However, much like small manufacturing elsewhere in the country, such small units in West Bengal have recently been adversely affected by neo-liberal economic policies implemented by the central government, which have led to rising costs and greater competition from both organised manufacturing and liberalised imports. The negative fallout of these processes on small manufacturers and traders has been particularly evident since the start of the current decade.

These tendencies in turn form the backdrop to the new industrialisation strategy of the Government of West Bengal especially since 2004, which has sought to engage, attract and provide incentives for large corporate capital in order to increase the rate of industrial investment. This article considers the available evidence on growth trends in the state since 1999-2000.
Chart 1 >>
Chart 1 indicates that after 1999-2000, West Bengal was growing slightly faster than India as a whole in per capita terms until 2004-05, after which its expansion has been slightly less rapid but still creditable. The per capita income of West Bengal is now slightly lower than the national average.

Charts 2a and 2b show that growth up to 2004-05 was accompanied by even more rapid changes in the sectoral composition of output than have occurred in the rest of India. As for India as a whole, the share of the secondary sector has remained almost constant, increasing only very slightly. But the share of the primary sector (which in West Bengal is dominantly agriculture) has shrunk by as much as 7 percentage points in just five years, with the gap being taken up by services expansion.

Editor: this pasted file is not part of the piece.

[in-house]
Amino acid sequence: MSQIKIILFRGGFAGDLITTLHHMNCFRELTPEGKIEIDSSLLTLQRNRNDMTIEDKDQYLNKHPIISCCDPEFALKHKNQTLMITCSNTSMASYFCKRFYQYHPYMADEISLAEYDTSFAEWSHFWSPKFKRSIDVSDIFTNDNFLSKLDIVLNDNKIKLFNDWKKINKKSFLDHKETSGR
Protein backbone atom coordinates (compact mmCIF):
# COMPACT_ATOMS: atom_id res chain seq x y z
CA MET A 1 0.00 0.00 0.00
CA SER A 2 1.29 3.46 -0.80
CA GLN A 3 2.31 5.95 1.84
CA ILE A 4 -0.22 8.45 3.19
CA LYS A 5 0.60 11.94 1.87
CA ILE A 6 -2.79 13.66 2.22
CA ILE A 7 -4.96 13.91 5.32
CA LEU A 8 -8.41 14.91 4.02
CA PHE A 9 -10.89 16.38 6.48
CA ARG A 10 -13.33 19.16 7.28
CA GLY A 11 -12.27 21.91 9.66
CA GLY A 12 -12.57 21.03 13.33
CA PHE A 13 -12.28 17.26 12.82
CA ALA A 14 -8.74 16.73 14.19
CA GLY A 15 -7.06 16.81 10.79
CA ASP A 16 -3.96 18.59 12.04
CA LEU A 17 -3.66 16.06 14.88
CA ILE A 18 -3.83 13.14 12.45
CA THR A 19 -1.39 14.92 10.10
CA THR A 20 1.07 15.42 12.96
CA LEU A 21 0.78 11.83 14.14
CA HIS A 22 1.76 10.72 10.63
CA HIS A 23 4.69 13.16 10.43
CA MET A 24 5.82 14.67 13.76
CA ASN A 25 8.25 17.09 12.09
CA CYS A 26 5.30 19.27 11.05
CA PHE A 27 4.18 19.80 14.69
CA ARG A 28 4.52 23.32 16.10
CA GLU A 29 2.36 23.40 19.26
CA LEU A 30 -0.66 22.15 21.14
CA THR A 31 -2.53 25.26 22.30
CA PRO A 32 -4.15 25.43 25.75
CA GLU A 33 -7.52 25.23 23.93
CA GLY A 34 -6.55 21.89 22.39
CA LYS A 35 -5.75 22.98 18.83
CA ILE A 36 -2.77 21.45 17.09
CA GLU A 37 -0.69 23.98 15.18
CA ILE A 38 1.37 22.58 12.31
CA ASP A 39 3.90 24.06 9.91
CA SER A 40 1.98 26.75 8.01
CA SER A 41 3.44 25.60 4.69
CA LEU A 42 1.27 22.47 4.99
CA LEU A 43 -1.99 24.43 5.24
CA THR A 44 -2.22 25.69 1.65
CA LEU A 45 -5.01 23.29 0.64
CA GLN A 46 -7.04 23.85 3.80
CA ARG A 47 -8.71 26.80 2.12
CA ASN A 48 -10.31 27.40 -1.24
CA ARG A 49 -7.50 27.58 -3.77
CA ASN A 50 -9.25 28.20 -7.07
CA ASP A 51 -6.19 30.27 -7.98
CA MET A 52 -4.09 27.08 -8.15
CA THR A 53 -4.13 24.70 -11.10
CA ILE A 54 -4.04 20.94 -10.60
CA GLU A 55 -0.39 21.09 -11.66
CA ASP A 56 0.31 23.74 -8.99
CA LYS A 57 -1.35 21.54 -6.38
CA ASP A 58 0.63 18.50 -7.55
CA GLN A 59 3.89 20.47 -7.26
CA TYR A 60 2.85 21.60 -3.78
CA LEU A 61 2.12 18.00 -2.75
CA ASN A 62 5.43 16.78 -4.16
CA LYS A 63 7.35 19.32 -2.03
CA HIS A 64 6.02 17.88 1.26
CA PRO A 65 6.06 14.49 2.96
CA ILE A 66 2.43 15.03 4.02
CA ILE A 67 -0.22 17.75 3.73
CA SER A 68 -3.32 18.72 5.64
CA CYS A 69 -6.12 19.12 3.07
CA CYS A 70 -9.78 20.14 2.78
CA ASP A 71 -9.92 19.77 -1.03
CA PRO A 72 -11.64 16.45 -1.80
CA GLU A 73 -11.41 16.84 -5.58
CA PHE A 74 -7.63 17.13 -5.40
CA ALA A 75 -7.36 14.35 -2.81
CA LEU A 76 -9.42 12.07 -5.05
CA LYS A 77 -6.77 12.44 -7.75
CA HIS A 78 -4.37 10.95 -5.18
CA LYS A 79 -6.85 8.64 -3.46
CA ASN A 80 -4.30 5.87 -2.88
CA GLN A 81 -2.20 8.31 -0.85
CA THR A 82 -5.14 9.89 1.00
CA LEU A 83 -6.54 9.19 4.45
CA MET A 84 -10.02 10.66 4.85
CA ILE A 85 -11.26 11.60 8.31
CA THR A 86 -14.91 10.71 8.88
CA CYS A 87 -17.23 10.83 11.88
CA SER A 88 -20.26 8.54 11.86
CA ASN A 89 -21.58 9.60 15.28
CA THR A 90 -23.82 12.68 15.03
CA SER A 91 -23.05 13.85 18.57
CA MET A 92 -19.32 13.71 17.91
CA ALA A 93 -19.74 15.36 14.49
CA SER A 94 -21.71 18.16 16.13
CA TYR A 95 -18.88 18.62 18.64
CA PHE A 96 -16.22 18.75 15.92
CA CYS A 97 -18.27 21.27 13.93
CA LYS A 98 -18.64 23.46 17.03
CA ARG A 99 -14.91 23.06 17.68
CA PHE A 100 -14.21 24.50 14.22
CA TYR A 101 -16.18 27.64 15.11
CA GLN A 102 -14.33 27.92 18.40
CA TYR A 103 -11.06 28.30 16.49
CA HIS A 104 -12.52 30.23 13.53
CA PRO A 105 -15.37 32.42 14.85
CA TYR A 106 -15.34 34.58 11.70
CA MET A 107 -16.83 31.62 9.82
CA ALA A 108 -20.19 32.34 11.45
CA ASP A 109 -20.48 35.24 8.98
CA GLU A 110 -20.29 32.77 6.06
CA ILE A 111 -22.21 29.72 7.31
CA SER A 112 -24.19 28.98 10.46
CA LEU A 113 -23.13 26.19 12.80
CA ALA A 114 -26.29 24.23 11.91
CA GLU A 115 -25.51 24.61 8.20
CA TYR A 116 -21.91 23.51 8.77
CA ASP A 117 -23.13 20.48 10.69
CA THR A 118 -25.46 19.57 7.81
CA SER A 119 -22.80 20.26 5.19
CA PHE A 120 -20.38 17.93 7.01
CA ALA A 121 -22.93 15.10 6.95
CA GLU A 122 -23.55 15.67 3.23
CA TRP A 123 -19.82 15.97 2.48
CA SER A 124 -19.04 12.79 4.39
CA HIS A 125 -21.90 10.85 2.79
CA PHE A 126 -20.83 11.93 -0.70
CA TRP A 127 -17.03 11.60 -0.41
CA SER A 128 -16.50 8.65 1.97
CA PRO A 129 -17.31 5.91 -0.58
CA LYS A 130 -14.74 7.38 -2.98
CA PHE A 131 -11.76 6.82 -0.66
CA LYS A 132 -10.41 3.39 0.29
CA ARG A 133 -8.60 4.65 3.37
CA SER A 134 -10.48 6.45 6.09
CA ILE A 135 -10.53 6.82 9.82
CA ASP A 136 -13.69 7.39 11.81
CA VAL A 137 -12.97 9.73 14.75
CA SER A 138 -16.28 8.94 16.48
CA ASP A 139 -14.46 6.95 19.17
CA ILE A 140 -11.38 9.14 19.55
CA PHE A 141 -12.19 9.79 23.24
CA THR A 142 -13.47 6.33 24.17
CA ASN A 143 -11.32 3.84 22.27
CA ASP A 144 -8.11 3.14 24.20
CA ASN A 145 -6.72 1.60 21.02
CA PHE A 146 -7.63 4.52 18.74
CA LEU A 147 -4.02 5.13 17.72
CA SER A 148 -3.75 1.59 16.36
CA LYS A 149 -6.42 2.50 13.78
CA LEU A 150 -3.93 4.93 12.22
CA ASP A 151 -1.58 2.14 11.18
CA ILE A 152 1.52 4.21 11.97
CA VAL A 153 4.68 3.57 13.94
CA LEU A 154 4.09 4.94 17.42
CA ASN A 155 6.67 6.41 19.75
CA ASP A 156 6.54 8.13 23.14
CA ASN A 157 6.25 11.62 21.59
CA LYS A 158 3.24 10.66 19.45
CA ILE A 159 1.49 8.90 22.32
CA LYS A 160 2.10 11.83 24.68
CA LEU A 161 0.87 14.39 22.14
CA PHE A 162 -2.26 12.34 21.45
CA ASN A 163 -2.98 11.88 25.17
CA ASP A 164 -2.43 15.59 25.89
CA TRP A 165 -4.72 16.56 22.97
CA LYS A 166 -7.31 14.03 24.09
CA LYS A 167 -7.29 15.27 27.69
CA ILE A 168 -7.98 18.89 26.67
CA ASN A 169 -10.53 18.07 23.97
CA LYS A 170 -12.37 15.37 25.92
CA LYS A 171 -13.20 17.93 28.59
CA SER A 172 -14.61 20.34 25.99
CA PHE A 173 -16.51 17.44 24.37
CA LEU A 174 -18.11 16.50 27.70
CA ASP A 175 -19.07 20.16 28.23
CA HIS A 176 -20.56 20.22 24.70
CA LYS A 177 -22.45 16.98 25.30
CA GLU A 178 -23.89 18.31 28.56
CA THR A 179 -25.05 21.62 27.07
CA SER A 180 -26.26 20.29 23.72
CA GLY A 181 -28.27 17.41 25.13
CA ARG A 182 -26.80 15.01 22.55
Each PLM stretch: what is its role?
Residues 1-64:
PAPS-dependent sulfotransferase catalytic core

Chart 2a >> Chart 2b >>

Within services, only a few sub-sectors account for this growing share. The transport and communications sectors, trade, hotels and restauranats and public administration and community services have actually fallen in terms of share of State Domestic Product in these five years. However, banking and other financial services and real estate and business services have increased their respective shares sharply.

The critical issue from the point of view of well-being of the people, of course, is how far the changes in sectoral composition of output have involved changes in employment patterns as well. Therefore, Table 1 presents some calculations of the relative shares in output and employment by major sectors in 1999-2000 and 2004-05, using NSS estimates based on the two recent large-sample Employment and Unemployment Surveys.
Table 1 >>

The evidence presented in Table 1 is disconcerting. While the share of the primary sector in outout has fallen sharply, as noted above, its share in employment has barely changed at all, and it continues to account for around 46-47 per cent of the work force. This is also true of India as a whole, of course, although the absolute share of the primary sector in employment is lower in West Bengal (at less than half of all workers), and the decline in share has also been smaller than in the average for India.

But the manufacturing sector has also declined in relative importance, to some extent in terms of the share of output and even more in terms of the proportion of workers engaged in such activity. Meanwhile, the services sectors that have accounted for the biggest increases in share of output have increased their share of employment to a much lesser extent. In particular, financial, real estate and business services accounted for 23 per cent of the State Domestic Product in 2004-05, but only 2 per cent of the work force! So both in the manufacturing sector and in the more dynamic services sectors, growth of output has involved very little expansion in employment.